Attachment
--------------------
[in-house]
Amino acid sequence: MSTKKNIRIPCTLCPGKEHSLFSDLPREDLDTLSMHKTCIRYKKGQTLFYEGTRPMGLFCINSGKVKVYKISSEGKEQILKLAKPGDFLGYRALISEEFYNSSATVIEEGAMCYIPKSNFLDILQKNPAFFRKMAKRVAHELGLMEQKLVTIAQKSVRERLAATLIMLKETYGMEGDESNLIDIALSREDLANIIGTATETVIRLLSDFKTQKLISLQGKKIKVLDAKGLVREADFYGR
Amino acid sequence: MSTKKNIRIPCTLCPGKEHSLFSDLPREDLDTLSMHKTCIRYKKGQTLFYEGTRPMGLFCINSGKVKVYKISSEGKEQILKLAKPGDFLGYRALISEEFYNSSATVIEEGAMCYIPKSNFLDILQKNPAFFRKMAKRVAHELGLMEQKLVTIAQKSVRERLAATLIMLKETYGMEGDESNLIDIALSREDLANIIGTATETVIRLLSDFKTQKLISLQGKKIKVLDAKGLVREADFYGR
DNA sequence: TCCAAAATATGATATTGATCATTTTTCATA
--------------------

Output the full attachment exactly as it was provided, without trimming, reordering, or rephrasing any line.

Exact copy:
[in-house]
Amino acid sequence: MSTKKNIRIPCTLCPGKEHSLFSDLPREDLDTLSMHKTCIRYKKGQTLFYEGTRPMGLFCINSGKVKVYKISSEGKEQILKLAKPGDFLGYRALISEEFYNSSATVIEEGAMCYIPKSNFLDILQKNPAFFRKMAKRVAHELGLMEQKLVTIAQKSVRERLAATLIMLKETYGMEGDESNLIDIALSREDLANIIGTATETVIRLLSDFKTQKLISLQGKKIKVLDAKGLVREADFYGR
Amino acid sequence: MSTKKNIRIPCTLCPGKEHSLFSDLPREDLDTLSMHKTCIRYKKGQTLFYEGTRPMGLFCINSGKVKVYKISSEGKEQILKLAKPGDFLGYRALISEEFYNSSATVIEEGAMCYIPKSNFLDILQKNPAFFRKMAKRVAHELGLMEQKLVTIAQKSVRERLAATLIMLKETYGMEGDESNLIDIALSREDLANIIGTATETVIRLLSDFKTQKLISLQGKKIKVLDAKGLVREADFYGR
DNA sequence: TCCAAAATATGATATTGATCATTTTTCATA